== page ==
Bill Robles / Reuters
James Holmes as he appeared in court in September.
Police officers who were among the first to arrive at a Colorado movie theater massacre told a court Tuesday that suspect James Holmes was "very relaxed" and wore a "self-satisfying offensive smirk" when they encountered him.
The Aurora, Colo., cops gave their accounts at a hearing to determine whether Holmes' statements after the July 20, 21012, mass shooting can be used at his trial.
But the accused gunman had not been read his rights when he answered the officers' questions — so the defense wants those comments barred from evidence.
Prosecutors argue that the cops were trying to find out if anyone else was at risk so they were allowed to grill him and the statements should be admissible.
Officer Jason Sweeney testified that the first thing he saw when he arrived at the theater — where 12 people had just been shot down — was bloodied victims. He quickly focused on a man next to a white compact car who was wearing Kevlar gear, a helmet and gas mask but "wasn't acting like a police officer."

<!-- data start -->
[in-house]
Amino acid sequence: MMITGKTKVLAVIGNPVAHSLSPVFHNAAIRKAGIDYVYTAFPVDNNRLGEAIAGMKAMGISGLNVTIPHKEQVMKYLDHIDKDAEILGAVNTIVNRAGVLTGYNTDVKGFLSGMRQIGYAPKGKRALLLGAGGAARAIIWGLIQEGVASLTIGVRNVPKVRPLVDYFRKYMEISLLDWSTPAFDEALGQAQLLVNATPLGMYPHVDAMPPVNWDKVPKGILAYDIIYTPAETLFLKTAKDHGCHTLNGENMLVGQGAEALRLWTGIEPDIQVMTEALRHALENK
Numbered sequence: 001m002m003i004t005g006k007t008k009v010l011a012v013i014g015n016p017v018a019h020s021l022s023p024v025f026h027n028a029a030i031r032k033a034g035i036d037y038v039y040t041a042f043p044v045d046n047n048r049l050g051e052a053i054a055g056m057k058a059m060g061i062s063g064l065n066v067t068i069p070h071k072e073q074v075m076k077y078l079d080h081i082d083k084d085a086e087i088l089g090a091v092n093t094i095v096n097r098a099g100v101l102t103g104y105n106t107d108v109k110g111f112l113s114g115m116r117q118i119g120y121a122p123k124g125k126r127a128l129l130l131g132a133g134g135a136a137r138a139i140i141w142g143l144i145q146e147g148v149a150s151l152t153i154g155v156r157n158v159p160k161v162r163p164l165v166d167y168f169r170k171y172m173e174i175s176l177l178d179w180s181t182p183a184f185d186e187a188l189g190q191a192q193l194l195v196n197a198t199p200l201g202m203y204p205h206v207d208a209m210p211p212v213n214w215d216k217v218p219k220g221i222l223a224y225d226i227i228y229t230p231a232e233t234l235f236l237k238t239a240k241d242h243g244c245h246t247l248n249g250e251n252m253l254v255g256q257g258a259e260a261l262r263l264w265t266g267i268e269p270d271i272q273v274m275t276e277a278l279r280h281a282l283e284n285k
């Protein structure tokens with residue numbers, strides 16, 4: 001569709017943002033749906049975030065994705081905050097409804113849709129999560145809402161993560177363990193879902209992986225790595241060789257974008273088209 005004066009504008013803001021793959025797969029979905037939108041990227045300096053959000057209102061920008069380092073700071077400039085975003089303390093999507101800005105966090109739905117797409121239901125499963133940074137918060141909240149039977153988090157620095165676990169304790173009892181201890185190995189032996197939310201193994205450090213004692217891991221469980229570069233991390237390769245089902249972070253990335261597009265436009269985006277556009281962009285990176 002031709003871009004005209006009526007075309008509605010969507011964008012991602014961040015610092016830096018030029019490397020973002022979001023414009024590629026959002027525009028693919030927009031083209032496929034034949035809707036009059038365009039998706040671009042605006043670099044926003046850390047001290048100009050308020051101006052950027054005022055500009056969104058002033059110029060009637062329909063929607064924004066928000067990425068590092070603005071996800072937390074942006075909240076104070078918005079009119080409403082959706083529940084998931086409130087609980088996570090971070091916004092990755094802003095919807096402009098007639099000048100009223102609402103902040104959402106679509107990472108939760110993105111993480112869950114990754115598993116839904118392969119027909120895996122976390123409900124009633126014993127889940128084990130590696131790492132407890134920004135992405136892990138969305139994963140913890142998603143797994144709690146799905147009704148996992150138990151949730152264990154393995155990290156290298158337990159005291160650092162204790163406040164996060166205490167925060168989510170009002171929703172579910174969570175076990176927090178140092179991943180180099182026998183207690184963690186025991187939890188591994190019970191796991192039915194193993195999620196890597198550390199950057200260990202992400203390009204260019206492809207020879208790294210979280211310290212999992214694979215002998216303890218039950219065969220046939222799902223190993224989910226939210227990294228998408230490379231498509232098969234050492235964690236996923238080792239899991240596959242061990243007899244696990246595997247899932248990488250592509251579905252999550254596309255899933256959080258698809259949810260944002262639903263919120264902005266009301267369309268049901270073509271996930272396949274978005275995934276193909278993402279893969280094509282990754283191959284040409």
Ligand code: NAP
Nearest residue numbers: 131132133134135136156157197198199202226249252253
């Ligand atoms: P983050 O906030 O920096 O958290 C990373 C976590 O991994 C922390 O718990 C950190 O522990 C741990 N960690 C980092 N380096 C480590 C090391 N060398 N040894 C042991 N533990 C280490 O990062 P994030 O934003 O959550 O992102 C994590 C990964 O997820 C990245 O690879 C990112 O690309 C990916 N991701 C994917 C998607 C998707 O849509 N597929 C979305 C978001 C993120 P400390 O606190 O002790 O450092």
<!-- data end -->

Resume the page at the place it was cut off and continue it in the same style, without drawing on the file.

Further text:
Sweeney said he and Officer Jason Oviatt pulled their guns, cuffed Holmes and asked him if he was with anyone.
"No, it's just me," Holmes said, according to Sweeney.
Oviatt said Holmes' voice was "calm... detached." and he "spoke clearly."
As the officer dragged the handcuffed suspect away from the theater, he was "very relaxed — limp, and along for the ride," he testified.
Defense lawyer Dan King asked whether Holmes had attempted to run or grab a gun, and the officer said he had not.
Officer Justin Grizzle testified that when he arrived, he found Oviatt and Sweeney standing next to a "suspect wearing body armor" and helped them hold his legs so he could be handcuffed.
As Holmes sat in the back of a police cruiser. Grizzle asked if he acted alone.
"He just smiled at me. He looked at me and smiled — a self-satisfying, offensive smirk," Grizzle said.
Shackled in the courtroom, Holmes, 25, had no visible reaction to the testimony.
The grad-school dropout has pleaded not guilty by reason of insanity. Prosecutors are seeking the death penalty.
First published October 15 2013, 2:27 PM